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DVD Review: By Brakhage – An Anthology

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If you search Google on the terms “birth sex death god,” you get 363,000 hits (as of my latest attempt) and adding the unlikely term “Brakhage” to that list returns a still whopping 1,030. Stan Brakhage made 373 films during his life, most very short, all very experimental, and one can certainly describe his body of work as an attempt to understand these stages of life – we’re born, we have sex, we have children, we die – and the spiritual aspects they all share.

One of my most powerful formative experiences during a college film studies course came while viewing Brakhage’s Deus Ex. It is entirely without sound (as are all of the films I’ll be discussing here) and is almost purely abstract in its visual qualities. It documents a patient’s open heart surgery and deals head on with the theme of mortality that repeats in endless variations throughout Brakhage’s work. What blew me away so profoundly back in 1981, though, was how the film was made. The lens was detached from the body and Brakhage balanced and juggled the two halves of the camera in opposite hands. The result is a jittery, fluid sort of movie full of light flares dashing across the screen at all angles. The film is also never in focus and instead becomes a blurry light painting of reds (blood) and greens (surgical gowns). The sheer beauty of Deus Ex floored me and filled me with the sense that anything is possible with this thing called cinema.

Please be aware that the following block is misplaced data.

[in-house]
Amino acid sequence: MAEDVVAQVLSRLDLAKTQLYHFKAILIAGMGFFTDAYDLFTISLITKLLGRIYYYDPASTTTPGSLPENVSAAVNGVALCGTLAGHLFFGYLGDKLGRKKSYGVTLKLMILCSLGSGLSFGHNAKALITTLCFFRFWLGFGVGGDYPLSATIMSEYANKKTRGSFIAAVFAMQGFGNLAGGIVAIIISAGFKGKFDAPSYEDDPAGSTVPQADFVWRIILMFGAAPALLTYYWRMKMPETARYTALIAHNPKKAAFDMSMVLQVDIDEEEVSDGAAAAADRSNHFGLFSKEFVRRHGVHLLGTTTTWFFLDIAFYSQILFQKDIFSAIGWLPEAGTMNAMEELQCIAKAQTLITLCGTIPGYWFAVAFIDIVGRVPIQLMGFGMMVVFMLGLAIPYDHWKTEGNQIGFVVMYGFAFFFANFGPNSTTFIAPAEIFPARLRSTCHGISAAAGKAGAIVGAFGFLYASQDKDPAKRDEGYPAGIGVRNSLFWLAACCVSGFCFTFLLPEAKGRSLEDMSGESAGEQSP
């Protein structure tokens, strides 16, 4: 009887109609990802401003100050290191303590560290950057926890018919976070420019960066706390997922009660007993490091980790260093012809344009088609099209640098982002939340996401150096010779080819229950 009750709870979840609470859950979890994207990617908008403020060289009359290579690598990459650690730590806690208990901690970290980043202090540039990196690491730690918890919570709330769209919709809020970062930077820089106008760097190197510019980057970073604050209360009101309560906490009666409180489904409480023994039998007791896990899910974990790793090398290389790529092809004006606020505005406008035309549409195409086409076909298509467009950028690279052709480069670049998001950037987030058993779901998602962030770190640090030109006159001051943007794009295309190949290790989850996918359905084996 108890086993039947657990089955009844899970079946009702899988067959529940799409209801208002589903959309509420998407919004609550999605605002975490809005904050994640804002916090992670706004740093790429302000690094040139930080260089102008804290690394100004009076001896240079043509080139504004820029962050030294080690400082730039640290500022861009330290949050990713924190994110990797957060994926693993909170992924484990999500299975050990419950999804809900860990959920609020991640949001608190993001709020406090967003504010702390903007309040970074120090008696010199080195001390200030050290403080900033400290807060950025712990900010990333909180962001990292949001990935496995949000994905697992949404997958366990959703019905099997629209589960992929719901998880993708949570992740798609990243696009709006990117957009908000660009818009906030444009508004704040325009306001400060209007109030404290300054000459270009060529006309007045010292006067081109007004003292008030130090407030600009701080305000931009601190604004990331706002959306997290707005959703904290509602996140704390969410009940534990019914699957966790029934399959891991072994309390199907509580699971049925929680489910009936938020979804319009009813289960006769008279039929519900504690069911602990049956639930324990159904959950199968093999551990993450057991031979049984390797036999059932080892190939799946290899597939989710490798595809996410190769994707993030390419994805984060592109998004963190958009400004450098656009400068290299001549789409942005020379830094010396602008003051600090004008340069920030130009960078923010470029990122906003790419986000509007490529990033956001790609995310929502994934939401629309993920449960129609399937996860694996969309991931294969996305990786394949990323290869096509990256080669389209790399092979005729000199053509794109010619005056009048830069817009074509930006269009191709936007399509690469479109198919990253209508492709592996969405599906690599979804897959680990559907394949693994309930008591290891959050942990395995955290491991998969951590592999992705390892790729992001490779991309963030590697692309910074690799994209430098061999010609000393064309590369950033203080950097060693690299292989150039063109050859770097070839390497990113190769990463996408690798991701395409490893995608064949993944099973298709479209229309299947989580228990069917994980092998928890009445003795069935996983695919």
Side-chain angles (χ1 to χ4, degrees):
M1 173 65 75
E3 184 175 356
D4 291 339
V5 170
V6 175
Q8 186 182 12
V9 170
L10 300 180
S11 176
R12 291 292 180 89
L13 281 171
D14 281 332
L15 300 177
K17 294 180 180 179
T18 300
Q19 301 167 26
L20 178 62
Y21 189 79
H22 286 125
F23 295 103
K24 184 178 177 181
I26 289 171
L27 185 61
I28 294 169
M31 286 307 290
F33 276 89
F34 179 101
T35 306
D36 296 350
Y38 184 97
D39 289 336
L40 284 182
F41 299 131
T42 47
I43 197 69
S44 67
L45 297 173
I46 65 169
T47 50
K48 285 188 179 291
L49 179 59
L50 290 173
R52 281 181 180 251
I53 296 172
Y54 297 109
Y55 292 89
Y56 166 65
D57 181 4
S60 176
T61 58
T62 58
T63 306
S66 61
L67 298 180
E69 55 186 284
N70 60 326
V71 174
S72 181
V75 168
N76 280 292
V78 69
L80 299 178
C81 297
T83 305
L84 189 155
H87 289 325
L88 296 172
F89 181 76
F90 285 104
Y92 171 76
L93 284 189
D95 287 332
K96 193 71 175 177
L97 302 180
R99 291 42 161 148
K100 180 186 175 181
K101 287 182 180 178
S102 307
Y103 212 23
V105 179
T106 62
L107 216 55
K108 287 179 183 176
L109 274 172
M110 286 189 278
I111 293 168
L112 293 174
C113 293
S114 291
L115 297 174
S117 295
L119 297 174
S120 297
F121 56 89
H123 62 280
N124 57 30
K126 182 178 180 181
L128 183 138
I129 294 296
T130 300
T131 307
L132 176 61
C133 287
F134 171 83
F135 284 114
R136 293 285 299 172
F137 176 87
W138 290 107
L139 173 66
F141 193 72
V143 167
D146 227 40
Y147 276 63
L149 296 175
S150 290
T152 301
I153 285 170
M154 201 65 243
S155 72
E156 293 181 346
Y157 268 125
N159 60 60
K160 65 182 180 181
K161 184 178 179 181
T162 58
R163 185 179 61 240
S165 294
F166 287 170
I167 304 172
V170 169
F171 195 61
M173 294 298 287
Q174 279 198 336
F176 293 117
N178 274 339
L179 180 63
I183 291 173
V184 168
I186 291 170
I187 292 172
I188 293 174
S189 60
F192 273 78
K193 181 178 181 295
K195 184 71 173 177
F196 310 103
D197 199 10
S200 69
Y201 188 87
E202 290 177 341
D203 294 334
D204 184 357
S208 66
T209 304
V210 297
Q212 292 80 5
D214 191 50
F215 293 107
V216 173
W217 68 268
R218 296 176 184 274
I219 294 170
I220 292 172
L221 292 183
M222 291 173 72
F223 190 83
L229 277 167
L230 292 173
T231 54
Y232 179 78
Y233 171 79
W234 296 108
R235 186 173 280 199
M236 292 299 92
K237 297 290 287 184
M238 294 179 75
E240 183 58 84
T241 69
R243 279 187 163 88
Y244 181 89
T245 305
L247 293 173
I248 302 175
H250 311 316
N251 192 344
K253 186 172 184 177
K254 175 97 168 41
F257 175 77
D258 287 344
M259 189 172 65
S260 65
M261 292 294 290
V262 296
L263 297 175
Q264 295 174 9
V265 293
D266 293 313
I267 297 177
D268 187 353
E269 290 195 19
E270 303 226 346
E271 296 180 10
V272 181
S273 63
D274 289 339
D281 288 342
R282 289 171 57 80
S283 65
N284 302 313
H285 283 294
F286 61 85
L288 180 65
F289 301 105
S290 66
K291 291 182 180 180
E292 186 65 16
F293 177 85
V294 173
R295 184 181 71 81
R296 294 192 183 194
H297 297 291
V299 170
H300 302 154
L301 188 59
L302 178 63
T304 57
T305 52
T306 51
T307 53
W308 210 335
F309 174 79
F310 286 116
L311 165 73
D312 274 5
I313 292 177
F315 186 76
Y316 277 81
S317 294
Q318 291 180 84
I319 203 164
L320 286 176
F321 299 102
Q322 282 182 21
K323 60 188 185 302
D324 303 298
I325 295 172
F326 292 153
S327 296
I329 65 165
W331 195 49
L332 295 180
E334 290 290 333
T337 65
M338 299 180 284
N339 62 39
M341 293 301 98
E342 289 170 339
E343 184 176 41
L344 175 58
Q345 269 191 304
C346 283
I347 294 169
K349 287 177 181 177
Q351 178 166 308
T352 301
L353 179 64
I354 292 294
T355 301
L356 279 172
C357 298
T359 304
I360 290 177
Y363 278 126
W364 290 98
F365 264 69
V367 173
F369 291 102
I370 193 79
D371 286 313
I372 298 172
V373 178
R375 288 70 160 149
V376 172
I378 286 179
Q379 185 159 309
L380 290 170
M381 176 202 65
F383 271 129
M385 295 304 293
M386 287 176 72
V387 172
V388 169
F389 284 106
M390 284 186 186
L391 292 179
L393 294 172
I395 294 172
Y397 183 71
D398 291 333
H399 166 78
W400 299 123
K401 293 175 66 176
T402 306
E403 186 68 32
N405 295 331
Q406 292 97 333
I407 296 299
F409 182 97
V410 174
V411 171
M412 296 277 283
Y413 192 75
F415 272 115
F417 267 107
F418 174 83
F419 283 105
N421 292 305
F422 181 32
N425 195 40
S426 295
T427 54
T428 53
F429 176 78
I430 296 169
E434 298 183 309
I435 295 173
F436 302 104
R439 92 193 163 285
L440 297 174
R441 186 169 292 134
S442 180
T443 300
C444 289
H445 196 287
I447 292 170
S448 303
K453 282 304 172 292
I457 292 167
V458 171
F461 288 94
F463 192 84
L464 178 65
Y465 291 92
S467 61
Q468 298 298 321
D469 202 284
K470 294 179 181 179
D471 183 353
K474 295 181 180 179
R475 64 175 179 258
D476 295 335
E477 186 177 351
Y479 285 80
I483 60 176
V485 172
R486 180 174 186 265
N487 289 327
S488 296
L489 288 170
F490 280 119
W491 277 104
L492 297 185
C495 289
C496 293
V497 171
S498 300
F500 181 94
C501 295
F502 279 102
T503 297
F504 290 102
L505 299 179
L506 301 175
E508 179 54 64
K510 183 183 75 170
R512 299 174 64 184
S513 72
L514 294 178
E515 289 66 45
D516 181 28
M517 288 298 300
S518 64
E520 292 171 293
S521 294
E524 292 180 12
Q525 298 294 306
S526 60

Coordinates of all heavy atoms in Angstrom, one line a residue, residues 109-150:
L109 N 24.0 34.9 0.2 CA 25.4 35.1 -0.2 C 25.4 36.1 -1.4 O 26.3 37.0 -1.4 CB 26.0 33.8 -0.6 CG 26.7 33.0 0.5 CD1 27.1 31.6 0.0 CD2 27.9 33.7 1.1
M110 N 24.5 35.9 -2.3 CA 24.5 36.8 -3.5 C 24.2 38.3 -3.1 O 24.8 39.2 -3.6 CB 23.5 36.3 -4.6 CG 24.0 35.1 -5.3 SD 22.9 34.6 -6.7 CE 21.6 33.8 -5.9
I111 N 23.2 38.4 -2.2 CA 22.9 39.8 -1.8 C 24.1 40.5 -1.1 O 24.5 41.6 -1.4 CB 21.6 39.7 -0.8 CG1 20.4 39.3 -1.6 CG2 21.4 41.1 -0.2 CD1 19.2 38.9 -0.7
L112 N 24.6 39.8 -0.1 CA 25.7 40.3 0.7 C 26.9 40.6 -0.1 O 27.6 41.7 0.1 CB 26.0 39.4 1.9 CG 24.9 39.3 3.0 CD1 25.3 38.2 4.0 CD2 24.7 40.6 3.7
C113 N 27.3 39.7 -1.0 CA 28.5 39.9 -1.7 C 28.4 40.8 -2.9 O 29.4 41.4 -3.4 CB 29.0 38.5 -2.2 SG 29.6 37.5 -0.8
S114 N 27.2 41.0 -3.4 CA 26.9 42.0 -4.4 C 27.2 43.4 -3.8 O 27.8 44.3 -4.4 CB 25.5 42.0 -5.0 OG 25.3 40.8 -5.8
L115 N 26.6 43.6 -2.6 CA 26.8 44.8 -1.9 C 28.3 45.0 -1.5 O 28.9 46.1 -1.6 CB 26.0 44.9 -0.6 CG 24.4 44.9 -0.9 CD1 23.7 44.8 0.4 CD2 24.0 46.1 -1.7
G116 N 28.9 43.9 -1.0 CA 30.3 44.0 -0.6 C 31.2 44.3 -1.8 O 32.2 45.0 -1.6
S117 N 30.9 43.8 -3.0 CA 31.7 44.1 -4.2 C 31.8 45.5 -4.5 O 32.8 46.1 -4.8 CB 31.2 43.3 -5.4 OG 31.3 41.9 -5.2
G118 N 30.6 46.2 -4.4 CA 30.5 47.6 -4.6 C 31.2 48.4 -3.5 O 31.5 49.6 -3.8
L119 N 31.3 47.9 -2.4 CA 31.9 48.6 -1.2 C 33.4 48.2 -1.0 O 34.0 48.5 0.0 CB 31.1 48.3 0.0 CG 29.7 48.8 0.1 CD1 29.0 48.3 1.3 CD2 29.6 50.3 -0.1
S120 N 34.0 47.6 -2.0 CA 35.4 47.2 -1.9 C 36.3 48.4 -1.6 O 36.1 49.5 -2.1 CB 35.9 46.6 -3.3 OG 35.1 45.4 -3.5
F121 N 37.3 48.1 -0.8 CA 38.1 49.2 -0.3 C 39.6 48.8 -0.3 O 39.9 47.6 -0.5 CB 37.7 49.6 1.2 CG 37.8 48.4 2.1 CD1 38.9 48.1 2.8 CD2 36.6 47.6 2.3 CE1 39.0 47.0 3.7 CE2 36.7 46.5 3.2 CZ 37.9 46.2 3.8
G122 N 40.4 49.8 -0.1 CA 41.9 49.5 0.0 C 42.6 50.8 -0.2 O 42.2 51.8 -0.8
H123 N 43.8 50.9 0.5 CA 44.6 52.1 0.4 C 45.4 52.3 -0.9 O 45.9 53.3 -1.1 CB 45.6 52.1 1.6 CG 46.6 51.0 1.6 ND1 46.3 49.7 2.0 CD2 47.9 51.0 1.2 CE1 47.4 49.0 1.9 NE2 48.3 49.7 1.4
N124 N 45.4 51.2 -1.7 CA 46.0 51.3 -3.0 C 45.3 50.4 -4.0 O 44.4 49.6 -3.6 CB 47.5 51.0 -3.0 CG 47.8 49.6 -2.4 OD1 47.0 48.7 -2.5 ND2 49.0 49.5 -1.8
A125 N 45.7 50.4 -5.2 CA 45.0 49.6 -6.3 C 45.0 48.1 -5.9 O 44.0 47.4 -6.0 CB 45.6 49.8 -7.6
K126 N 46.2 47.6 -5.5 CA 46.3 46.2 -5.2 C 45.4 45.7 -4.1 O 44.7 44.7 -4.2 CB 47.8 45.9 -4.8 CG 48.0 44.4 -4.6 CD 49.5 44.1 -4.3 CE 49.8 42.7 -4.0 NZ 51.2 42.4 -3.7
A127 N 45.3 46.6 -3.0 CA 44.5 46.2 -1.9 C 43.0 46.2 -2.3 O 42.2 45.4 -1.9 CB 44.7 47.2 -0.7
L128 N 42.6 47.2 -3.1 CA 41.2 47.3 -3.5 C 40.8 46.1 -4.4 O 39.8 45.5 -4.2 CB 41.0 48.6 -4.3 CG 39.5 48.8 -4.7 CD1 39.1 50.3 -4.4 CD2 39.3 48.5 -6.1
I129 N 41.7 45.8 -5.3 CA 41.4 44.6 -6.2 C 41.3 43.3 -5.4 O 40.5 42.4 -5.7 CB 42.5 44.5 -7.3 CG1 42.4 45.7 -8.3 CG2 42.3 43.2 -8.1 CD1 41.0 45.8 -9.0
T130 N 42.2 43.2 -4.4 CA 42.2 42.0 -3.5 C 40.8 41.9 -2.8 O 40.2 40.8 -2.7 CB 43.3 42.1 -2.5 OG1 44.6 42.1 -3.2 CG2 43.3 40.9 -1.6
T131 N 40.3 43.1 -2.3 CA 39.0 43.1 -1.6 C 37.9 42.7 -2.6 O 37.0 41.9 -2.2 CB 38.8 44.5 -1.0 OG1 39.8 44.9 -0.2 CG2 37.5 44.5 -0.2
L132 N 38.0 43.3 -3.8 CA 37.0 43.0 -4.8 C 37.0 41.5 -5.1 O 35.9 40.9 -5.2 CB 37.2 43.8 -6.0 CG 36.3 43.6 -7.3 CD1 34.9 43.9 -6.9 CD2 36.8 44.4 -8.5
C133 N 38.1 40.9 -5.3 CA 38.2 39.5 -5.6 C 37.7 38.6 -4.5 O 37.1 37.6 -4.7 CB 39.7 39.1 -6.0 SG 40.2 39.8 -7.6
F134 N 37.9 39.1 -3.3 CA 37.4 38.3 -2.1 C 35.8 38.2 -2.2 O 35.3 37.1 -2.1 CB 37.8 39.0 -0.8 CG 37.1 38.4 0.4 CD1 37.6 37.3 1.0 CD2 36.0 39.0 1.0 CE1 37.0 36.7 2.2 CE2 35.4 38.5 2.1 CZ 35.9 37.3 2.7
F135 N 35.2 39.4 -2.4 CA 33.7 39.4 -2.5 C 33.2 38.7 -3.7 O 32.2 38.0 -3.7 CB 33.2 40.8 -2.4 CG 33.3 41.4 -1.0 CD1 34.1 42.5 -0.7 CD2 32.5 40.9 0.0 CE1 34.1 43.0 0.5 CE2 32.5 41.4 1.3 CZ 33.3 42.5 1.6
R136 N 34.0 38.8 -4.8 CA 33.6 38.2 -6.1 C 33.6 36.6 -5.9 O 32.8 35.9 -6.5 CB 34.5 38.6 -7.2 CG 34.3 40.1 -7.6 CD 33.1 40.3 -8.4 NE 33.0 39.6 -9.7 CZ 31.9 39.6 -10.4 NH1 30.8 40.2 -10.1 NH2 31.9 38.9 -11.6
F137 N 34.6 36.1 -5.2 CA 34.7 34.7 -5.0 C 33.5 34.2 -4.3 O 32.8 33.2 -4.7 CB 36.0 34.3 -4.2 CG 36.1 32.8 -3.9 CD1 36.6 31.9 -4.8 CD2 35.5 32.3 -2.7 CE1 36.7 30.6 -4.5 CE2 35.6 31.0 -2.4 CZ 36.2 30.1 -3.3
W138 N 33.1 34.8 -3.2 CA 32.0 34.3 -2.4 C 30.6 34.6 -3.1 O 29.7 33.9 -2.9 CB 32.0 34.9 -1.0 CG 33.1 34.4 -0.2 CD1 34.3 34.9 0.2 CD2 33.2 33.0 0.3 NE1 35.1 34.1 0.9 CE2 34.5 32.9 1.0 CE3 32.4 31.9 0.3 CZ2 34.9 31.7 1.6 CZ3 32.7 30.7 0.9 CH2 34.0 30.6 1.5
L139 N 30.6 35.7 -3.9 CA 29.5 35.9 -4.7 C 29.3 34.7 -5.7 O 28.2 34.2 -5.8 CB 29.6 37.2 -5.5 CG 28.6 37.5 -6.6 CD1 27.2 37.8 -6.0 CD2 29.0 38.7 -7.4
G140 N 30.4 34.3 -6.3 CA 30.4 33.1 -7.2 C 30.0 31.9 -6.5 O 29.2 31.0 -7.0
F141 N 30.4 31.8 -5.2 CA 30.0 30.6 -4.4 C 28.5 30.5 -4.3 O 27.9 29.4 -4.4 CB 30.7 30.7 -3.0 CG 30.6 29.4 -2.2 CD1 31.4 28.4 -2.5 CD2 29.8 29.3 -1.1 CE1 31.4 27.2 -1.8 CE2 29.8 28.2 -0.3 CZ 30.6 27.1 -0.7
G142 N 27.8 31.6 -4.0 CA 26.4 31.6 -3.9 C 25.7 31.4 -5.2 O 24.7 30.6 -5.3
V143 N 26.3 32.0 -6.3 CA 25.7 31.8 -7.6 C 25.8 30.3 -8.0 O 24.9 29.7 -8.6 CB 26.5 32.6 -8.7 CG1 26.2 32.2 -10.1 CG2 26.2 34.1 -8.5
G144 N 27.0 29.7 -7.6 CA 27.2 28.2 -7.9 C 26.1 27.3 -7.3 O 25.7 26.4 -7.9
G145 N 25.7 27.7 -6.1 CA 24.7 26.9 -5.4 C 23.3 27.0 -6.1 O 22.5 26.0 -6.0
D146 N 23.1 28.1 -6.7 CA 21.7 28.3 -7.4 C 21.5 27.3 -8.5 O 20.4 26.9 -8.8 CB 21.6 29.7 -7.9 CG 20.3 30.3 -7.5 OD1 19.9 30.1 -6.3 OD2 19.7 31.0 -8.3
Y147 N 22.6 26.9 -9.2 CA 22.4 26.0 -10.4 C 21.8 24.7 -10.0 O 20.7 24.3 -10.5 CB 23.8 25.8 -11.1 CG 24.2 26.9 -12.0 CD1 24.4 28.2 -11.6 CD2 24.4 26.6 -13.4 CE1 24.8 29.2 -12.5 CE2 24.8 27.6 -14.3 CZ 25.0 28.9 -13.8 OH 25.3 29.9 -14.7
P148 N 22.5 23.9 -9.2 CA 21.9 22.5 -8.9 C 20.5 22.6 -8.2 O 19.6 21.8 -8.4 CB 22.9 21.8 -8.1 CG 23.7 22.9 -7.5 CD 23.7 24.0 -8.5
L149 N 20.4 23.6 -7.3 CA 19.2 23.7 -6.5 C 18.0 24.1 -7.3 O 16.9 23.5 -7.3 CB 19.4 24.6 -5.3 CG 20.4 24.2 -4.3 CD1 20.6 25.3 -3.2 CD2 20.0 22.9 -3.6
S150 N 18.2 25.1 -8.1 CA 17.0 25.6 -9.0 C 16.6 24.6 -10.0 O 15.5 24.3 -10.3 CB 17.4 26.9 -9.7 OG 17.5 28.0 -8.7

Since that day, I’ve had chances to take in Brakhage’s work in bits and pieces scattered far and wide, but nothing very satisfying until the Criterion Collection released By Brakhage: An Anthology a few years ago. I was probably the first person on the planet to order a copy (or at least I would be proud to hold that honor) and finally I had a wealth of the man’s work at my fingertips. I’ve watched everything on both DVDs in the set more times than I can remember. I even converted my youngest daughter – starting at age seven – into a Brakhage fan. For several years, she’d come to me and say, “Daddy, can we watch those pretty movies that you just sit and stare at?” (Lately, she’s let Brakhage go in favor of Miyazaki, but still gave me a smile today when she saw me revisiting one of our old favorites.)

One of Brakhage’s most famous films is Window Water Baby Moving which documents the birth of one of his children. (To be in Brakhage’s family and to be in Brakhage’s films were one and the same.) During the 1960s, the film was included in the curriculum of some birthing classes since cameras were not yet allowed in hospitals and the filmed-at-home images were quite rare and startling. It isn’t the graphic depiction of childbirth that amazes today, though — we can see such images on the Learning Channel almost every night. It is the abstract beauty of the film’s play on Brakhage’s wife Jane’s round belly, Brakhage’s mystified and overwhelmed yet happy face, Jane’s expressions alternating between joy and agony, and baby Myrrena’s slow progression into this frightening new world that now engages. The way characters are flooded by light flowing in through the window fills the imagination with thoughts of birth being a life and death struggle mediated by God and nudged along by a couple’s love for each other.